Shortly after in the 20th century Switzerland became the safe haven of Europe. The Swiss neutrality brought all those with treasures to hide. I presume around this point Swiss businesses took full advantage of this ‘Quality & Security’ label. After all the wealthy tend to go for the highest price tag!
|If you had to recommend a place in Switzerland, where would it be?|
|I like the atmosphere in Montreux. The humidity of the lakeside coupled with the vivid splashes of green foliage and the plentiful flowers along the shore provide for a very picturesque and relaxing facade that hides a city filled to the brim with culture. It is a small city by any standard, but the people are very friendly and seem to encourage large social gatherings, most famously in the form of the Jazz Festival. This is something I really look forward to when visiting a new city as a tourist or to ponder on whether it is a worthy place to settle down if forced to do so in the future.||I’ve always had a deep connection with the Alps. I’d say this ‘Alp love’ is one of the few Swiss qualities I have. Actually, all my life I’ve enjoyed exploring mountains, including the Rockies (US), Pyrenees (Andorra) and Middle Atlas (Morocco). However, visiting the Swiss Alps always puts me in a heavenly bliss!
I find Luzern to be the true gateway to the Alps. Stepping off the train you’re instantly greeted by a medieval city center on your left and a picturesque lake on your right with the Alps as a backdrop. You can also jump on a boat tour of the ‘Vierwaldstättersee’. The boat tour takes you to gondola access points to visit various peaks like the Rigi and Pilatus.
|Which transit system do you prefer: Swiss or Japanese?|
|As an outsider, the Swiss public transit system was one of the best in the world. Everything just made sense, and the system really seemed to be designed to optimize public transport and minimize travel time. This is unlike in other countries, where the transport system seems more a means of milking money from you in additional to taxes.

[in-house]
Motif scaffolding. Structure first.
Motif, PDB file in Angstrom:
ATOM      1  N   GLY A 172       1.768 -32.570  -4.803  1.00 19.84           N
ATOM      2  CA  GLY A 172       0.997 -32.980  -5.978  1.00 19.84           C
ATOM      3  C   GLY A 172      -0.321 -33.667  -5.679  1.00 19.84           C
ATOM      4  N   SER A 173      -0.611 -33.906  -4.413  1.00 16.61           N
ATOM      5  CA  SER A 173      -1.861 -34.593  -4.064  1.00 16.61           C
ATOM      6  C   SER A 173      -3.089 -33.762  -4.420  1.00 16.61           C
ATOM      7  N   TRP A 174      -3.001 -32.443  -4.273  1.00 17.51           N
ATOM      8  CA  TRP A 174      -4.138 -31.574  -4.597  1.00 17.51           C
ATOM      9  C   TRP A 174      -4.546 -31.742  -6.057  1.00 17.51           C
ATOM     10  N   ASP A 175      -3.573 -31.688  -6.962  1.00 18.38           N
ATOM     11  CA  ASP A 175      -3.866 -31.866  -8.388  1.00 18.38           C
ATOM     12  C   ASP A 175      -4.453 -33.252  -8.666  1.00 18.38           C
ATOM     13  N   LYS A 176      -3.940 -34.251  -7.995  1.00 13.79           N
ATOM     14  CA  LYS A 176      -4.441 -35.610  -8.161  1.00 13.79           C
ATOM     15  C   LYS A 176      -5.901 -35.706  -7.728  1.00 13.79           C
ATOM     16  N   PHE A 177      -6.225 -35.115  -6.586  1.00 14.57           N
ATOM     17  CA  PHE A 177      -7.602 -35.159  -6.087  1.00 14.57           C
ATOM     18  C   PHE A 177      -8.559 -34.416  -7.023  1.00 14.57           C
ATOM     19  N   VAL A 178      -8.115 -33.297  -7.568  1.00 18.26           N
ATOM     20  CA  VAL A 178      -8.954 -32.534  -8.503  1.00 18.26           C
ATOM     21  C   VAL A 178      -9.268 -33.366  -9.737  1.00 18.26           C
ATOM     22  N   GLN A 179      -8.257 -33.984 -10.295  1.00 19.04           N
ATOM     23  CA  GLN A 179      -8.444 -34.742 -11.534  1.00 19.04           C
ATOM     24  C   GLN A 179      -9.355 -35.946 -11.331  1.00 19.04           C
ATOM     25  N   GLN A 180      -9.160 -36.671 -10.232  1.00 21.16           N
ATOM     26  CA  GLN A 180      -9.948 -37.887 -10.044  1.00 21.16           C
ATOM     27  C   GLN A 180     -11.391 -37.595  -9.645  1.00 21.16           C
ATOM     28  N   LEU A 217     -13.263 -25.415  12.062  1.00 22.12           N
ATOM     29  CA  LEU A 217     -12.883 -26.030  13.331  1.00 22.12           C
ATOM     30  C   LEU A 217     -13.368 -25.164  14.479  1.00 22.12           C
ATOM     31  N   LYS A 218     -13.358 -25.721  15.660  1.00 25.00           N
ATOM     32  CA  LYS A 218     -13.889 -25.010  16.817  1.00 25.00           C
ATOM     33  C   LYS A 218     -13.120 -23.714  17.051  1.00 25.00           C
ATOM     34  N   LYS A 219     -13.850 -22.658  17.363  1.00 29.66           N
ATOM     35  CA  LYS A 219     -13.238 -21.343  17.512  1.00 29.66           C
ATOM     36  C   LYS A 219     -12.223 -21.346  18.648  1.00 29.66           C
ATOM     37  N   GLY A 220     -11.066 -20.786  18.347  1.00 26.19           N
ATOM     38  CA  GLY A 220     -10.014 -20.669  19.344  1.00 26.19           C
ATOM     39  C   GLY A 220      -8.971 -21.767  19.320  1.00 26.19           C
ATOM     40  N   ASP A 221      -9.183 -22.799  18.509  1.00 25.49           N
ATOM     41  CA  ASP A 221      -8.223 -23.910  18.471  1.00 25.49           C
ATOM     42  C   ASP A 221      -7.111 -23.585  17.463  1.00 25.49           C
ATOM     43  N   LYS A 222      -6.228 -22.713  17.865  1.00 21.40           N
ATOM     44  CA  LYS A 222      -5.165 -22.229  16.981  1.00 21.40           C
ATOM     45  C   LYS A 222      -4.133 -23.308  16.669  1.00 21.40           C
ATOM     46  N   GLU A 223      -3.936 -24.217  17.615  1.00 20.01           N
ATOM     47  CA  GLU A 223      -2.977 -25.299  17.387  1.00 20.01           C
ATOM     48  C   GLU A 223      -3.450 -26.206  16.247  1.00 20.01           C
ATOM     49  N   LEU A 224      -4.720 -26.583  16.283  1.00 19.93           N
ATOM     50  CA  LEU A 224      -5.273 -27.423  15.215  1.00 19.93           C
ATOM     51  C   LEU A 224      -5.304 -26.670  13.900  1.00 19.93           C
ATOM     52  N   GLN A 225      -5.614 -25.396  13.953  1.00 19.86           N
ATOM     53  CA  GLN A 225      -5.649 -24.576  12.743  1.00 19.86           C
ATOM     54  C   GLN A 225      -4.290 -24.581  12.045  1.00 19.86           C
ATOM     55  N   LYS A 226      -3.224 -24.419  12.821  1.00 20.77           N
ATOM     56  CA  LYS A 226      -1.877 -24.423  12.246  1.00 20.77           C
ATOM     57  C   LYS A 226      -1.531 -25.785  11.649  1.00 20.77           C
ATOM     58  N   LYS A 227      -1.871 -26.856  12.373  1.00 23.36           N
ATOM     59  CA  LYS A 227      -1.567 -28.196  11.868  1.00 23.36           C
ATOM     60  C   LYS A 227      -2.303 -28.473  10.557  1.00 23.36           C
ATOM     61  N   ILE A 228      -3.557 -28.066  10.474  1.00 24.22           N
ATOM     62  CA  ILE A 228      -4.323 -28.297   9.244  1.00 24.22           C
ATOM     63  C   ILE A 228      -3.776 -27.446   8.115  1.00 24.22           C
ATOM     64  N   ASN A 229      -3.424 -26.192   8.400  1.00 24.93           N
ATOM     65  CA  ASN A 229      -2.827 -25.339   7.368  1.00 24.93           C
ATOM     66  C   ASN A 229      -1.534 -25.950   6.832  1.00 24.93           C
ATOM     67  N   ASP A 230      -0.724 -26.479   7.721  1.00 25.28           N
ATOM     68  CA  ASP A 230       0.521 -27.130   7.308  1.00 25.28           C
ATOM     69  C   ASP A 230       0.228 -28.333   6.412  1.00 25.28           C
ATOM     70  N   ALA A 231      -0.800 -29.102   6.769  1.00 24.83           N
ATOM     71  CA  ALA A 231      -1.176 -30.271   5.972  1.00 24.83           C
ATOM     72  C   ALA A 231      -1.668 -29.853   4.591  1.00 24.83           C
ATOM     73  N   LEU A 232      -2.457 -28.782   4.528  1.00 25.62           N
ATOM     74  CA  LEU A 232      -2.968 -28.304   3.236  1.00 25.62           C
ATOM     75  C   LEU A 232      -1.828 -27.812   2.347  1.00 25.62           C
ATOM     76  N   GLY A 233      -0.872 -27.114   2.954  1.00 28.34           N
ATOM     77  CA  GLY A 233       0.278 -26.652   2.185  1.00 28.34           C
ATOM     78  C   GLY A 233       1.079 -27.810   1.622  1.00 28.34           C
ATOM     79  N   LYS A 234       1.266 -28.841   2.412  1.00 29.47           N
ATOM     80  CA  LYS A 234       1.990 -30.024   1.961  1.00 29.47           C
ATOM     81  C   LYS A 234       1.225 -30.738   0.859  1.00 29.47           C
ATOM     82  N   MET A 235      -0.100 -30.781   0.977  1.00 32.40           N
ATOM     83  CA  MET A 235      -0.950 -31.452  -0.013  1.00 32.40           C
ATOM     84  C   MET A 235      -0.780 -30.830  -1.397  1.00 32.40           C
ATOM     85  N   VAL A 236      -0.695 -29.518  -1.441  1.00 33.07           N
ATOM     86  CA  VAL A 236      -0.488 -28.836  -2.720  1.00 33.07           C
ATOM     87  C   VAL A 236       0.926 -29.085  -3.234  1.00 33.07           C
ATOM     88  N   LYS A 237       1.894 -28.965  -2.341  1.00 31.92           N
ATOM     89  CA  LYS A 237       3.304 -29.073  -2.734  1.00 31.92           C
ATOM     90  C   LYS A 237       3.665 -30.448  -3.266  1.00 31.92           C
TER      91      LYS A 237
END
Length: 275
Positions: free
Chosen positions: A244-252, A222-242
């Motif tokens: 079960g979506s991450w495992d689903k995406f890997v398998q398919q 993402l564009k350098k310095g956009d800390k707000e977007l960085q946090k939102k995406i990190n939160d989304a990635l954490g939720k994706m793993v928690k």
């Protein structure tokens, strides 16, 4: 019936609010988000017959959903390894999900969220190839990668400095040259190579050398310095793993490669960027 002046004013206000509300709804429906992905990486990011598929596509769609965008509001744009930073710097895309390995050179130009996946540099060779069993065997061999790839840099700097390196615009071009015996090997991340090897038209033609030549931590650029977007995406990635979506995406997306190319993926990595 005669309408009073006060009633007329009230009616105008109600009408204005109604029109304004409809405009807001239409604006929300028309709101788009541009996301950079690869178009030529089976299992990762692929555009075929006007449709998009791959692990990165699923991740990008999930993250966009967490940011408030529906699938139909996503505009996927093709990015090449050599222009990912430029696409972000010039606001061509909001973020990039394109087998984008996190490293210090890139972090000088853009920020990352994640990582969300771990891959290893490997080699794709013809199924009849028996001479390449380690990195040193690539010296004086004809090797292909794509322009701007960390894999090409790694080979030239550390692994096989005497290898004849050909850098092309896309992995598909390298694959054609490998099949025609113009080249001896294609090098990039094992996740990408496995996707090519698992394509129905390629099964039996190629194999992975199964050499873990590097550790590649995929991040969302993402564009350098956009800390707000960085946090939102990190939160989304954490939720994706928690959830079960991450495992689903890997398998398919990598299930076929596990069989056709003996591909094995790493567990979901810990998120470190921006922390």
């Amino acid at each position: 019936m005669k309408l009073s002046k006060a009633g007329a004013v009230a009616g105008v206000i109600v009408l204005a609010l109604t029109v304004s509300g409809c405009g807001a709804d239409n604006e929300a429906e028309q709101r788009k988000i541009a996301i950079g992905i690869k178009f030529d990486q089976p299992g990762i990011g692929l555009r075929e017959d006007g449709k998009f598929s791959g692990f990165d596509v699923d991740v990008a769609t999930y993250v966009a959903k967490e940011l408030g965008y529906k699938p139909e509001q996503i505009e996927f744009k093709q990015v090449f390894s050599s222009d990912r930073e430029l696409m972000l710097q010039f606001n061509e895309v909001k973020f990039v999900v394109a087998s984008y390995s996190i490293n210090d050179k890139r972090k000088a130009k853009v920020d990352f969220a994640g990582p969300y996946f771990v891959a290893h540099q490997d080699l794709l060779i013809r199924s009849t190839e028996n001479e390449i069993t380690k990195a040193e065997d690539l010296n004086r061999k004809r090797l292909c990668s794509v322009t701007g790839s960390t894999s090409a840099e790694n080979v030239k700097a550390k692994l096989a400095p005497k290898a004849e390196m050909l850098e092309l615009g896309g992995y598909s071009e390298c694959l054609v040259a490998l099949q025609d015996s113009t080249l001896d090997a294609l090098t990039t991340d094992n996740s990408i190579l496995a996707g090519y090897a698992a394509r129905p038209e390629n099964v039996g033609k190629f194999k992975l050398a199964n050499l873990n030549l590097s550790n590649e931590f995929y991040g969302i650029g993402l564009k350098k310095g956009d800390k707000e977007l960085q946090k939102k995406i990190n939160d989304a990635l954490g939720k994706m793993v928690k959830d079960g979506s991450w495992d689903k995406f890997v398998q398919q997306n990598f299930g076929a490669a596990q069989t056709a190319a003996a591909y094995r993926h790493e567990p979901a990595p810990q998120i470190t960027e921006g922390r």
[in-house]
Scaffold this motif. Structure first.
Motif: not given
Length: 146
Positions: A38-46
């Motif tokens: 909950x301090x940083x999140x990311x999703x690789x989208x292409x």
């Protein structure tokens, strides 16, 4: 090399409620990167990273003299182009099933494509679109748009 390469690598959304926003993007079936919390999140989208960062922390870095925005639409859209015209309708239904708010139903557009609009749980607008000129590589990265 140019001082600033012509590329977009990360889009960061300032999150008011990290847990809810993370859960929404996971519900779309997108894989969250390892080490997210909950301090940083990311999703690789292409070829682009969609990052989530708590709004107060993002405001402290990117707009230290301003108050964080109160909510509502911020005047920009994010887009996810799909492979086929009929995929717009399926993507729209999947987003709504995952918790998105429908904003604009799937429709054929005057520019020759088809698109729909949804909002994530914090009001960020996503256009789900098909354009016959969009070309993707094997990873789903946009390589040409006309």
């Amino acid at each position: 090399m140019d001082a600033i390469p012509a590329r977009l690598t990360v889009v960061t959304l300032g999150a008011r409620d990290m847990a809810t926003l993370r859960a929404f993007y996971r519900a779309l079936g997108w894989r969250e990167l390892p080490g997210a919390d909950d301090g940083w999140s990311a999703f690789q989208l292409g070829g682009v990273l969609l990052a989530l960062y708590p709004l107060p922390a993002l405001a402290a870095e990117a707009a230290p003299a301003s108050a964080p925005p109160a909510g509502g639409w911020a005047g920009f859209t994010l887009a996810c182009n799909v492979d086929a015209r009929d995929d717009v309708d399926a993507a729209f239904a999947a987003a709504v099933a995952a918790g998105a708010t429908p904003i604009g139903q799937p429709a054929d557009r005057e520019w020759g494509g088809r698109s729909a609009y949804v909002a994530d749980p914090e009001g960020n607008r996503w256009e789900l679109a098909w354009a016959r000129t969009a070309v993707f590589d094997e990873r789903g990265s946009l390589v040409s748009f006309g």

The real standout feature of the Swiss system, apart from the automated announcer lady voice in the trains which always puts a smile on my face, is the sheer number of connections between places. You want to go from Zurich to Geneva, but want to stop of at Basel for some odd reason - No problem, there’s a train connection for you. Every train station has a teller too so you can buy tickets if you don’t speak the local language or are illiterate. The ticket machines also have an option to top off your cell phone credits - I did not know I wanted this feature until I used it!
On the flip side, Japan’s transit system is more efficient, but it is less tourist-friendly. This is in part due to the language barrier, and in part the geography of Japan itself. Even with the bullet-train, it still takes over 3 hours to get from Kyoto to Tokyo, and the aforementioned extra services offered in Switzerland, are a bit more difficult to find in Japan.
|Both transit systems are top notch, yet I'm going with the Japanese transit system. However, there are a few distinctions to make. There is the city transit system (ie Zurich or Tokyo) and the national transit system.
For me the Tokyo metro system and bullet trains (Shinkansen) are likely in the top in the world in both convenience and in terms of time. However, the regional service (JR) and metro are fairly complicated. For me the punctuality of the Japanese system is superb (The average annual delay of the Shinkansen is under a minute).
The national transit system in Switzerland is fairly convenient and easy, but city systems rely on bus/tram systems which are fairly slow.
|Your most and least favorite aspects of Switzerland?|
|I liked the efficiency the most in Switzerland. I even picked up a few tricks to be more efficient with my time a well. For instance, I learned how to prioritize my assignments on the fly. This efficiency is apparently being noticed by those around me and they either compliment me, envy me, or drop their jaws in horror at the amount of workload I am capable of handling without going into a meltdown.
The prices of basic commodities in Switzerland were my least favorite. Basic goods are very expensive such as bread or cheese or even a cab ride to the airport. However luxury goods like a high-level mountain bike are peanuts compared to other countries and this was flabbergasting. One really has to be more conscious with their money and rations here than in other countries.
|Let me make this short and sweet. The Swiss Alps are truly breathtaking, which also provide the milk that's used to make delicious chocolates.
Now on the sour side, I find Swiss are obsessed with rules and could be more open minded. Perhaps the wealth has blinded Swiss to the wonders of life.
Hopefully, you now know more about Switzerland. Once again, we'll be more than happy to answer any further questions!